By now, most savvy software development teams use Agile to work faster and better. Agile teams organize themselves under the Scrum framework to deliver results, fast. We call Scrum iterations Sprints. The software development team plans in advance what they would like to achieve in each Sprint. Each Sprint has a time-box. Many teams believe in organizing one-week or two-week Sprints. One-month Sprints represent the longest recommended by experts.
What is a Product Backlog?
Before a project begins, the Product Owner creates a list of features to add to the project. Software development teams call this list the Product Backlog. The Product Backlog should break down the tasks necessary for each item on the list. The Product Backlog should also give teams a place to document how much time the tasks on the Backlog might take.
The Product Backlog gives teams a place to understand the dimensions of the entire project. It helps them visualize how they will tackle the tasks ahead of them. It helps the Product Owner to organize and prioritize their thoughts and wishes. The team uses the dynamic Product Backlog to keep track of problems to fix in future Sprints.
The Product Backlog, as an element of Agile, is not set. Flexibility and change must play a key role in any Product Backlog. Bugs or errors might add items to the Backlog. Software development teams will drop completed items from the Product Backlog. The Product Backlog is a living document. The Product Backlog likely grows during certain parts of the software development project. It should begin to shrink as the project nears completion.
The Product Backlog usually contains at least some of the following items:
Bugs - Problems testers or team members have flagged.
User stories - features needed in the software development project. User stories should be explained in plain language from the end user's perspective.
Tasks - general work the Scrum team needs to complete.
Read more on Product Backlog Items in Epic, Story, and Tasks in Agile article.
The Product Backlog contains all the items in the software development project. The Sprint Backlog contains only the items of the Backlog specific to the current Sprint. Sprint Backlogs are the songs. The complete Product Backlog is the album.
What is a Sprint Backlog?
Sprint Backlogs give software development teams a way to chip away a long list of items. Teams use the Sprint Backlog in a very distinct way. They do not make changes to the Sprint Backlog. They set each Sprint Backlog at the Sprint Planning Meeting. Once they set the Sprint Backlog it is set. If new issues come up during the Sprint the team adds them to the Product Backlog. They work on these issues in a later Sprint.
A Sprint Backlog proves simpler, smaller and easier to understand than the Product Backlog. Teams still need to strategize and coordinate with the Project Owner and Scrum Master to make the Sprint run smoothly. They need to understand the limits of their resources.
A well-groomed Sprint Backlog will allow the teams the right amount of time to complete their work. They should not have to rush or work crazy hours to deliver. Before a Scrum Master moves a task from the Product Backlog to the Sprint Backlog, they should plan with the development team (and possibly the Product Owner) to ensure they have capacity. Scrum Masters, however, do not own decision-making. Scrum Masters facilitate and help the team.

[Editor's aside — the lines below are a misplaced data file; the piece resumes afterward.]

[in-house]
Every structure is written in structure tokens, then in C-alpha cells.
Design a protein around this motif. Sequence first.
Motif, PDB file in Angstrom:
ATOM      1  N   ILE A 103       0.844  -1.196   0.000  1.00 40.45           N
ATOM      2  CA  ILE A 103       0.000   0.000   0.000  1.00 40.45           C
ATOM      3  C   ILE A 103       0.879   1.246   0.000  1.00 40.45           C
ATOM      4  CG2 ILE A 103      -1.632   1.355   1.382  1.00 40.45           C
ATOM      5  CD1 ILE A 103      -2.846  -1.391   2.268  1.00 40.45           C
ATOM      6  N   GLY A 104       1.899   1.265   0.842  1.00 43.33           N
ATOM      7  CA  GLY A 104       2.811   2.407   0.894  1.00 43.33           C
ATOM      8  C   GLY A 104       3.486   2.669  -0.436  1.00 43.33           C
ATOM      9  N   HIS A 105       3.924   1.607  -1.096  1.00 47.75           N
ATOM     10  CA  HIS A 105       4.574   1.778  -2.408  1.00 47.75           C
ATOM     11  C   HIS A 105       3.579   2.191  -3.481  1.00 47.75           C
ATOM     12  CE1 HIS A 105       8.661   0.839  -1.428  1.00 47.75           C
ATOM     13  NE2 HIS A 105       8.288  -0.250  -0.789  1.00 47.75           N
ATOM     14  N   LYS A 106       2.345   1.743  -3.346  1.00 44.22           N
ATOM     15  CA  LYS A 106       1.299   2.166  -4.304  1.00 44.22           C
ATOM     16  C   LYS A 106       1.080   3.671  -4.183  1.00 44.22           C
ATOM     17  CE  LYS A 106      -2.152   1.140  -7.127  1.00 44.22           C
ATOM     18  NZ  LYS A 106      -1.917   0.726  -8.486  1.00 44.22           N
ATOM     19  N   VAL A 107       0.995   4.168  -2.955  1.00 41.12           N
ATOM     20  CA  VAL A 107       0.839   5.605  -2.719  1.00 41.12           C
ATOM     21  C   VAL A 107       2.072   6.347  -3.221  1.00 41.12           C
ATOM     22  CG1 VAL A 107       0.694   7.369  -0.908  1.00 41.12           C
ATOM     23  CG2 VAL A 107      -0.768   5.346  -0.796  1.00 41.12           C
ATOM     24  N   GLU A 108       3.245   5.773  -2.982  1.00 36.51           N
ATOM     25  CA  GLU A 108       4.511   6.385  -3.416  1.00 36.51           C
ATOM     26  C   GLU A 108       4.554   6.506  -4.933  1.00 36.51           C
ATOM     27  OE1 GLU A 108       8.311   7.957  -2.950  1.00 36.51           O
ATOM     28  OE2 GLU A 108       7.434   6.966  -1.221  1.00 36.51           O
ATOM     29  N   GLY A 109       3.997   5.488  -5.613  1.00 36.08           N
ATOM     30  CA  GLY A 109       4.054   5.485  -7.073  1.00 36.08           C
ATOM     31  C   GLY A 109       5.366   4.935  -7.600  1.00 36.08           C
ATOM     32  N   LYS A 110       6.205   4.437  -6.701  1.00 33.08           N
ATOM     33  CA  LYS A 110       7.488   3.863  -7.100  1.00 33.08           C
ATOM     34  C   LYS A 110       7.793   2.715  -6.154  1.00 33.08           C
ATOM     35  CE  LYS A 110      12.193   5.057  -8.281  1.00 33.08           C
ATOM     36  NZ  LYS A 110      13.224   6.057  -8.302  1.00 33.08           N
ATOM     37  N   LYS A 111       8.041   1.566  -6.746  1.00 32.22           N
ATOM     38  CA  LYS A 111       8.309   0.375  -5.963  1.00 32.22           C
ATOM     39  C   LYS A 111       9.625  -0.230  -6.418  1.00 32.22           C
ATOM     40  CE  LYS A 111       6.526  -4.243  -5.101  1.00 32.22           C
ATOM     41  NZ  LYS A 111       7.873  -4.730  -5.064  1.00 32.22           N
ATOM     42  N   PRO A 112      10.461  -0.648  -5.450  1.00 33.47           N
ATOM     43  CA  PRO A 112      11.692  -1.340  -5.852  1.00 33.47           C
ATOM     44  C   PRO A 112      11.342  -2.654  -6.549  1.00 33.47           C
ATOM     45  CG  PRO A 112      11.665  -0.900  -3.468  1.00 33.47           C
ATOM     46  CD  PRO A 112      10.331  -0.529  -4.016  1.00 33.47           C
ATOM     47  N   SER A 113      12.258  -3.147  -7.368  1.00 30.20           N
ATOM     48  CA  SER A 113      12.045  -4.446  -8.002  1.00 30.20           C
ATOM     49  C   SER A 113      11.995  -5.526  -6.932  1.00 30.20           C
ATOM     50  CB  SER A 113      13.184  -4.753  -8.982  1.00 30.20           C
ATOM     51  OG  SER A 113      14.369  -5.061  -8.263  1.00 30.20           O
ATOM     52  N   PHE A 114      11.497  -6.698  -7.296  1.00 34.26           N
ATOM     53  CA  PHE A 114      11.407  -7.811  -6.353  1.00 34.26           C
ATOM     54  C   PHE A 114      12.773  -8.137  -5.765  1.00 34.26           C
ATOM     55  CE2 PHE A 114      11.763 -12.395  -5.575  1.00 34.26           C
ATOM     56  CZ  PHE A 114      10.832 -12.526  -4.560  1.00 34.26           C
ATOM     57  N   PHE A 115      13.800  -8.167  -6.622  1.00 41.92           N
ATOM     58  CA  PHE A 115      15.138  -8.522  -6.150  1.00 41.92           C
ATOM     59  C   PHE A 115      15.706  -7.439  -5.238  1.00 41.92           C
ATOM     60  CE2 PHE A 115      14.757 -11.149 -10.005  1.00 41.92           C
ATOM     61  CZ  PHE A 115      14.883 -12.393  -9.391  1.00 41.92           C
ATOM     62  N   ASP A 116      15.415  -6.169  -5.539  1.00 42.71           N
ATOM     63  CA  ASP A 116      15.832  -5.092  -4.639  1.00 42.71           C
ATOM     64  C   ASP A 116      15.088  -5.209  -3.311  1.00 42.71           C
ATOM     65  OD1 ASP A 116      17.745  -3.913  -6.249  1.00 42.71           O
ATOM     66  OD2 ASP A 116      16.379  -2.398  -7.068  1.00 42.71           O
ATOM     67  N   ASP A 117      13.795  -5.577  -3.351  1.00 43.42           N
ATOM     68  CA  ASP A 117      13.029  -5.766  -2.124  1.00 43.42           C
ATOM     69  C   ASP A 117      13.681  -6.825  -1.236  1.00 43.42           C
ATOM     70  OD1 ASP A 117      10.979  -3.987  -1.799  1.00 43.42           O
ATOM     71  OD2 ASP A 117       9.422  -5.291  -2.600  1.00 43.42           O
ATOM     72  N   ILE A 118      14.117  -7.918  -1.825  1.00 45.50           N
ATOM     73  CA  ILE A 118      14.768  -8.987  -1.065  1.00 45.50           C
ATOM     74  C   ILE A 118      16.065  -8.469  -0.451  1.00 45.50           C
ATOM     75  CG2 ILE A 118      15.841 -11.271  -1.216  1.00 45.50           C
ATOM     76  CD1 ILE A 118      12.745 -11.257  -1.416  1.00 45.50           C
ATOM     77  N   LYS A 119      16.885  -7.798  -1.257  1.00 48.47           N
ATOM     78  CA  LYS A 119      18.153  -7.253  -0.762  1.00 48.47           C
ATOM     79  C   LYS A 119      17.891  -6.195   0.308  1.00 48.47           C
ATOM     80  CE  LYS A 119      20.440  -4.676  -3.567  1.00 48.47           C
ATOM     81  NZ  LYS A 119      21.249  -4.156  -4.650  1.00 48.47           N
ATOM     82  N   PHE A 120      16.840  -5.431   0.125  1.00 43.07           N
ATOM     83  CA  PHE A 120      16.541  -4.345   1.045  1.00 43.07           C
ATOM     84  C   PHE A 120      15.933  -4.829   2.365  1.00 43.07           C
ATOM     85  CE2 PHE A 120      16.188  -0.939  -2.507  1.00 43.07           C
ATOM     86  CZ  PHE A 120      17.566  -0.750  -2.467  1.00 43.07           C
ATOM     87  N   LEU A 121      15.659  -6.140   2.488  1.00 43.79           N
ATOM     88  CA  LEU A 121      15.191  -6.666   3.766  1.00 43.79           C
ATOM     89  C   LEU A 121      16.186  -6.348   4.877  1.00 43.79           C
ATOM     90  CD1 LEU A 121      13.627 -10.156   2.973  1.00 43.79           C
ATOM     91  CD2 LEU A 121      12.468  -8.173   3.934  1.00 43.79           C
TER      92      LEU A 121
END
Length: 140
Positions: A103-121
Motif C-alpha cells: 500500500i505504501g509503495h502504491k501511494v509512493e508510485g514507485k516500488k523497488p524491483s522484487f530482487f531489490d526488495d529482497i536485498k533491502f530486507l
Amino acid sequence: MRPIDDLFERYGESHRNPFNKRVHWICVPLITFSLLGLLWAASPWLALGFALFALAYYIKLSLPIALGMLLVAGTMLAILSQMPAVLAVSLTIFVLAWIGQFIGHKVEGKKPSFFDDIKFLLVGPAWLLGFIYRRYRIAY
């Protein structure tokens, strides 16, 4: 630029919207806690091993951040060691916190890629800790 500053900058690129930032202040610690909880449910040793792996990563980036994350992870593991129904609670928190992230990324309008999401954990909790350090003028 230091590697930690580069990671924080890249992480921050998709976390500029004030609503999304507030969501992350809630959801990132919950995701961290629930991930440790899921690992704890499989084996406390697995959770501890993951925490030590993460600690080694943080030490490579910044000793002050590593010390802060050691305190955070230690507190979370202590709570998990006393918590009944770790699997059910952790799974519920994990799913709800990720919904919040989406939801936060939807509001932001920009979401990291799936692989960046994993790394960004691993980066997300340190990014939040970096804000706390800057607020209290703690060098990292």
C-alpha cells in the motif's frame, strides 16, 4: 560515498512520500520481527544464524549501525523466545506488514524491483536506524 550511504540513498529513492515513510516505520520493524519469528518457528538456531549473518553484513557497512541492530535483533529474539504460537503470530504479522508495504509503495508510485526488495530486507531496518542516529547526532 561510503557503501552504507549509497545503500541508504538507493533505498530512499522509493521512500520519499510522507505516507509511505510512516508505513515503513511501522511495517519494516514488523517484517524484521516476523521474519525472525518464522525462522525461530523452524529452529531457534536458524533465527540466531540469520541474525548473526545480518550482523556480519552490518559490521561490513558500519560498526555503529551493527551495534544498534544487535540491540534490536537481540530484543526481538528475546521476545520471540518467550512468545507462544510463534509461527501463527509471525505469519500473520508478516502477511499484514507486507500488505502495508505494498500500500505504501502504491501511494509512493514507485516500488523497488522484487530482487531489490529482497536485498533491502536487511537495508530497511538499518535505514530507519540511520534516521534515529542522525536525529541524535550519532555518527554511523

So how does the Sprint Backlog work together with the Product Backlog?
First, the software development team and the Scrum master should understand which items are on the current Sprint Backlog and which are on the Product Backlog. Both Backlogs are known as Scrum Artifacts. Scrum Artifacts describe work the team must complete that adds value to the project. Scrum artifacts guide the Scrum process and the team's Sprints.
During each Sprint, the software development team meets briefly in daily standup meetings to review their work. They discuss what they did the day before, what they hope to complete in the current day. They also bring up any roadblock or obstacles they face. The Scrum Master helps to remove these impediments and keep the team marching toward their Scrum goal.
While planning the project, the team should discuss which items in the Backlog have the highest priority. They should add the high-priority items from the Product Backlog to the next Sprint using some backlog prioritization techniques. All team members should participate and agree on the contents of the Sprint Backlog. Effective teams use Sprint planning meetings to discuss and decide their work. They decide by mutual agreement who will accomplish each task in the Backlog.
Read more on project planning in Software development project planning in Agile article.
So let’s break down the differences and similarities between Product Backlog and Sprint Backlog:
Contains all tasks for the development project
Contains only the items to complete in the current Sprint
Created by the Product Owner
The development team and Scrum Master create the list
Flexible, a living document that will change over time
Once set in the Sprint planning meeting it does not change
Independent parent list
Dependent on the Product Backlog
Specific to the project goal
Specific to the Sprint
Remains until the project is complete
Ends when the Sprint ends
Product Owner manages
Scrum team manages
Our team here at Blocshop harnesses the power of Agile to work smarter and faster. Our team understands how to use Product Backlog and Sprint Backlog to organize their work. With this, we deliver results on time and under budget, making our clients and customers very happy.